Mini-Budget 2022: Key takeaways that could affect your business24 Dec 2022
The 2022 Mini-Budget, delivered by the Chancellor on 23rd September, has provided a clear view of the new Government’s strategy of ‘going for growth’. With tax cuts and other incentives for business, it demonstrates how the Government plans to boost the economy. Here we look at the key takeaways that could affect business owners.
The Chancellor has scrapped the proposed rise in Corporation Tax in the new mini-budget from 19 percent to 25 percent, which would have been effective from 1st April 2023.
This change will not affect small companies with profits less than £50,000 as they were not included in the proposed rise.
For larger businesses or growing businesses, the change would have had a significant effect on profits after tax.
Businesses with a turnover above £250,000 would have paid an increased rate of 25 percent Corporation Tax, while those with turnover between £50,000 and £250,000 would have paid the 25 percent rate, but could have claimed marginal rate relief, which would have resulted in a Corporation Tax rate between 19 and 25 percent.
Related: 11 ways to reduce corporation tax
While the Corporation Tax rise was scheduled for April 2023, a rise in National Insurance contributions for employees and employers was already in place. This rise has now been reversed.
On 6th April 2022, the employer’s contribution was raised from 13.8 percent to 15.05 percent.
The employee’s contribution rose from 12 percent to 13.25 percent.
Both increases in contributions have been cancelled and rates will return to their previous level from 6th November 2022.
For businesses, this represents an opportunity to avoid a continuing increase in their labour costs.
The Annual Investment Allowance for qualifying plant and machinery will remain at £1,000,000 and will not reduce to the proposed level of £250,000.
The Seed Enterprise Investment Scheme (SEIS), which benefits new and growing companies has changed with effect from April 2023.
Companies with gross assets of £350,000 will now be able to raise £250,000 under the scheme, increased from £150,000. The age limit for qualifying companies has also increased - from two to three years.
Investment zones represent an opportunity for accelerating business growth through lower tax rates and a reduction in regulations. Among the proposed benefits are zero business rates for companies occupying new premises, enhanced capital allowances, zero rate of employer’s National Insurance contributions for employees earning less than £50,270 and 100 percent Stamp Duty relief on business premises.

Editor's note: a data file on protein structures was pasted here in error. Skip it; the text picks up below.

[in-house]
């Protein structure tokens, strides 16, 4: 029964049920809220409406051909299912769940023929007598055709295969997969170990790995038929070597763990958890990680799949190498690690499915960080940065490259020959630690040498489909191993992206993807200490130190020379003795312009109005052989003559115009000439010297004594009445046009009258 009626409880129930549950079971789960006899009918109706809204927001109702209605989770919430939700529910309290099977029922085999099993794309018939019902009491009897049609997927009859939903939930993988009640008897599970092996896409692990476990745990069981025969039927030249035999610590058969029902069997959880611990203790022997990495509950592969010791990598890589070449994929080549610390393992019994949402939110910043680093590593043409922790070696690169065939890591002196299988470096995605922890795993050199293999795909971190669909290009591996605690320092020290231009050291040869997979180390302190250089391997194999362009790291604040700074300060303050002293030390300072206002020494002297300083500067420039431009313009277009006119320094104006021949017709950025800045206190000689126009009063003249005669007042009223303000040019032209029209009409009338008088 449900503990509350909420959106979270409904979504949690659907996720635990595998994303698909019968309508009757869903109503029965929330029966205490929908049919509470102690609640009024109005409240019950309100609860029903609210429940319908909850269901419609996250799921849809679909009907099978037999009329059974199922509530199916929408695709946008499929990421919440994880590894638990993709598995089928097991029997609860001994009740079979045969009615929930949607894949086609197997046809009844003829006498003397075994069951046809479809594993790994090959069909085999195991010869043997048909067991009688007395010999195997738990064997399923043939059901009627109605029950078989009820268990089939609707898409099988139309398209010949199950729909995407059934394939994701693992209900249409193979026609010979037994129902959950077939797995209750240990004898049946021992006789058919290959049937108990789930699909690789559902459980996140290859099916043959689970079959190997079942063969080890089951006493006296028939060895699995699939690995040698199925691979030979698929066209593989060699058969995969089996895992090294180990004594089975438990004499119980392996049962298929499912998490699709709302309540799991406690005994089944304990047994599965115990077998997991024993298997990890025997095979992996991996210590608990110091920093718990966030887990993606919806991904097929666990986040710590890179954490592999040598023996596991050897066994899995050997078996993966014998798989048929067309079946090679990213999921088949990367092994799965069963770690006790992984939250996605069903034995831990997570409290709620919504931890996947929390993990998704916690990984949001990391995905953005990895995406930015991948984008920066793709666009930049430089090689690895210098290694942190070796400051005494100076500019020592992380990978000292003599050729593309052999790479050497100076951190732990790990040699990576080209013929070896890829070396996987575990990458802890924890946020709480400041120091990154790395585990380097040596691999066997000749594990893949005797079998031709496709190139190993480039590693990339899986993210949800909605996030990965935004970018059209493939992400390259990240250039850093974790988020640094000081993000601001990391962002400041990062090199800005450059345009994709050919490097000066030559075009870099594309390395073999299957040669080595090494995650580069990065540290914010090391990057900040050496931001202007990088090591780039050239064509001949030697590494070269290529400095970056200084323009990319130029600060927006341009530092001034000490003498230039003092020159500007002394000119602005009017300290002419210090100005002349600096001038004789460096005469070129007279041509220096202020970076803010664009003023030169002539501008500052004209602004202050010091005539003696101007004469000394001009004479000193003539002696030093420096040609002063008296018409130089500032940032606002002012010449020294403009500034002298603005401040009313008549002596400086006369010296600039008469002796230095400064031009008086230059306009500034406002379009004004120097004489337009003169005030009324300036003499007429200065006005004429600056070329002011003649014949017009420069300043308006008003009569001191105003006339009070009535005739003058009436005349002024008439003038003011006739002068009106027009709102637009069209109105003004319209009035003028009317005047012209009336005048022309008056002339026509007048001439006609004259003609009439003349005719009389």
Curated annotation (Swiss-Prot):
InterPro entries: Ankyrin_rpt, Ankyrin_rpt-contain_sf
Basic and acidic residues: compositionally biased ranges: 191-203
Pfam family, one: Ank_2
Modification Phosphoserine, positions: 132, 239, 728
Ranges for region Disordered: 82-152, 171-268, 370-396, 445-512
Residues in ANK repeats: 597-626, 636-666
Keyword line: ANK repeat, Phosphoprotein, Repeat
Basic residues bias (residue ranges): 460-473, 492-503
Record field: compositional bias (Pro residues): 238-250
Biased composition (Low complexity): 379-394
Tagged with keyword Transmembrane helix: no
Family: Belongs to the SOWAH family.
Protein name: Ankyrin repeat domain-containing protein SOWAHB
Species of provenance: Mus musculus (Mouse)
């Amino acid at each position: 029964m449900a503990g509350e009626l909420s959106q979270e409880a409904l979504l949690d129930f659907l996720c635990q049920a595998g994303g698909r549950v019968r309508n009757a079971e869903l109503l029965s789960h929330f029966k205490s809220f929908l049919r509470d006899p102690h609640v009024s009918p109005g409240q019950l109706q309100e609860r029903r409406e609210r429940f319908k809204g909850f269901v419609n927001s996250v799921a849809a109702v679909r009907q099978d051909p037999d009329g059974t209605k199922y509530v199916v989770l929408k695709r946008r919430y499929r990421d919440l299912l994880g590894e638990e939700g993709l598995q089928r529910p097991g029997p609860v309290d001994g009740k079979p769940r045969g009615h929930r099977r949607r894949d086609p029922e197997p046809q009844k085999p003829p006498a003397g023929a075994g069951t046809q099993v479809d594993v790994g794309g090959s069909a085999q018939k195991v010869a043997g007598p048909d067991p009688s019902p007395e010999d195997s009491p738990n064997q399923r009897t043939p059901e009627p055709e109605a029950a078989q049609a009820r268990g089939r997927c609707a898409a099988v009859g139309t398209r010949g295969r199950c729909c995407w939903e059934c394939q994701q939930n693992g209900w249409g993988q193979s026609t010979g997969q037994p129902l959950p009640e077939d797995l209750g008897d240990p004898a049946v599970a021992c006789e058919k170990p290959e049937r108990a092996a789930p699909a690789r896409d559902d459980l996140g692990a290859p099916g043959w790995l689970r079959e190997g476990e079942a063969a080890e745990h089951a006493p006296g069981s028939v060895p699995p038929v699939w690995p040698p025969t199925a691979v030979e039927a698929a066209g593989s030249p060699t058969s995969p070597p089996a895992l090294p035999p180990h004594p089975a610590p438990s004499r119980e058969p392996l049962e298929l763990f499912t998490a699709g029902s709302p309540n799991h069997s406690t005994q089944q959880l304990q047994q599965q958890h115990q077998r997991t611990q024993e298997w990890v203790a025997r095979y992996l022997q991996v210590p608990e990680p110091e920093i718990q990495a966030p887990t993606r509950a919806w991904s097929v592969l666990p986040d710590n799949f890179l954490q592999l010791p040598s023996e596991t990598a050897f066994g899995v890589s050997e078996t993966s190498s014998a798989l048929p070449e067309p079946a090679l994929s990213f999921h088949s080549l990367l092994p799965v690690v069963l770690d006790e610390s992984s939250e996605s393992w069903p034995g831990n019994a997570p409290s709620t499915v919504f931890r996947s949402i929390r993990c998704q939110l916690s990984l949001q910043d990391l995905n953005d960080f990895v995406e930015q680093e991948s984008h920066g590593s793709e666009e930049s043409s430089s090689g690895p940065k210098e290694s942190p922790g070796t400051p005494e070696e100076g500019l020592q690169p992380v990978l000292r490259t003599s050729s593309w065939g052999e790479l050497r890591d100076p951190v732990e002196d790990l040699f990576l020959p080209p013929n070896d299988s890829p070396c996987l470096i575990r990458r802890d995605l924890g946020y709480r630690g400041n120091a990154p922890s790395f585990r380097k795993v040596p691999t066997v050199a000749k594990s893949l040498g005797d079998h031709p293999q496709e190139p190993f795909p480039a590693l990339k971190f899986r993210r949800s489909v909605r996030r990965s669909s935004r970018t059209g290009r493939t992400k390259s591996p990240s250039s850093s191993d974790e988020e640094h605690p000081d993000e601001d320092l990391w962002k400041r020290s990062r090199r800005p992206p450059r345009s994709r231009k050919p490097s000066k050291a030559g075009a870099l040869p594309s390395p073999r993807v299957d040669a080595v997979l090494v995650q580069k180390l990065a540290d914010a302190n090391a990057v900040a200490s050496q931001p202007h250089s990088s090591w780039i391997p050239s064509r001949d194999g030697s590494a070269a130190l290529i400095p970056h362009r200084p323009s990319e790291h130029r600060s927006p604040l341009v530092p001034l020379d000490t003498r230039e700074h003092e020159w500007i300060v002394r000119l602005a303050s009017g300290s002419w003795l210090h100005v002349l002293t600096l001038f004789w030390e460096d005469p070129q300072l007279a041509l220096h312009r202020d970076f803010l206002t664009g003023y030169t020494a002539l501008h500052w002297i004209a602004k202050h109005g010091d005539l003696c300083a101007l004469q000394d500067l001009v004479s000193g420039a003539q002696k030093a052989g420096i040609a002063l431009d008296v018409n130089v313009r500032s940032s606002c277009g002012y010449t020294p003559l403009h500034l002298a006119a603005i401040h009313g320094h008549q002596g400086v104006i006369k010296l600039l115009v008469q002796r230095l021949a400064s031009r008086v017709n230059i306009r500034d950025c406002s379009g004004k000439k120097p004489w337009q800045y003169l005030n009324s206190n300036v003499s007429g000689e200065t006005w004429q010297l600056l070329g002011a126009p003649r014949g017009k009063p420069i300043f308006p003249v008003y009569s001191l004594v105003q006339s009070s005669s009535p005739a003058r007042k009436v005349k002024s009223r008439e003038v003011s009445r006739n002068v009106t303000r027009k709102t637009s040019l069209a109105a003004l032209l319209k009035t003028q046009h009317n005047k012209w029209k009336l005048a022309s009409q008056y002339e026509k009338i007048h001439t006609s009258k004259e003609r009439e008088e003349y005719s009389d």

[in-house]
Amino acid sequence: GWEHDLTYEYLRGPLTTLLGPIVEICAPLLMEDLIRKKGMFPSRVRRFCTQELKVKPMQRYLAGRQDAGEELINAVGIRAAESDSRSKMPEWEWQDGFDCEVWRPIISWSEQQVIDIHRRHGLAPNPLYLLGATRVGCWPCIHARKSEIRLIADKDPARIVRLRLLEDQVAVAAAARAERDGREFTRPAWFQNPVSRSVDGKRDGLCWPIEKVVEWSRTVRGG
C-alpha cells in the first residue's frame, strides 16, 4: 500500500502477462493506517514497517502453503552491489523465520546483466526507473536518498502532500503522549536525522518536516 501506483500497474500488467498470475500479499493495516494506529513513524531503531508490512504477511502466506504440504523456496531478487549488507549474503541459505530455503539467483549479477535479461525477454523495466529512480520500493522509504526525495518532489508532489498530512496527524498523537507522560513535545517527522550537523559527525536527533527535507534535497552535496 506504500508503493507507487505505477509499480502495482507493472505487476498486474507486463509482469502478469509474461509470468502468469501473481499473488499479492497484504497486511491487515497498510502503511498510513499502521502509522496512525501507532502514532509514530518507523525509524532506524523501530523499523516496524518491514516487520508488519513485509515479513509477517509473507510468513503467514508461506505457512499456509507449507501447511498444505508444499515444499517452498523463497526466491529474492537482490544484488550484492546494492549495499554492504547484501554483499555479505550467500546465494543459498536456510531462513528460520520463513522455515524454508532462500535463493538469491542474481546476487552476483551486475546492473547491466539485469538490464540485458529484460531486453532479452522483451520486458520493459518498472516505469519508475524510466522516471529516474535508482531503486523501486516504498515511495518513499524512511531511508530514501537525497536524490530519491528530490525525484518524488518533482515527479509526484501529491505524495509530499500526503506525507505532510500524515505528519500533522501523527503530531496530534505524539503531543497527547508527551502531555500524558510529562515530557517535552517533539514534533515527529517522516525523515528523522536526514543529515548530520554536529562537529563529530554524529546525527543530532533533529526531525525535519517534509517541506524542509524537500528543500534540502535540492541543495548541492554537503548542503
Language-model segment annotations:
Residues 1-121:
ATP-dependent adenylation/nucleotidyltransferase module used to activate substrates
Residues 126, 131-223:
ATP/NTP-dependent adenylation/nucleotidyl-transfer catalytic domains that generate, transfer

The government has not published details at this stage, but has only announced that 40 new investment zones will be created around different regions of the UK.
Dividend tax rates
This rise has also been cancelled and the rates will revert to their previous level of 7.5 percent for basic rate taxpayers and 32.5 percent for higher rate taxpayers.
Related: A guide to limited company dividends
Share option schemes
Share option schemes play an important role in incentivising employees and directors.
The schemes will now be more attractive as the Government has increased the limit on the value of Company Share Option Plans from £30,000 to £60,000.
IR35 rules, which put the burden of responsibility on employers for determining a contractor’s employment status for tax, will be repealed from 6th April 2023.
Contractors in the public and private sectors will then be responsible for agreeing on their tax status with HMRC.
Prior to the 2022 Mini-Budget, the Government announced the Energy Bill Relief Scheme, which aims to halve the cost of business energy bills.
In the mini-budget the Chancellor announced current and future measures for the hospitality sector, freezing alcohol duty for a year and outlining plans to reform alcohol duties.
Personal Income Tax
As part of measures to incentivise work and enterprise, the Chancellor announced cuts in the basic rate of Income Tax to 19 percent from April 2023, in addition to the reversal of increases in employee National Insurance contributions.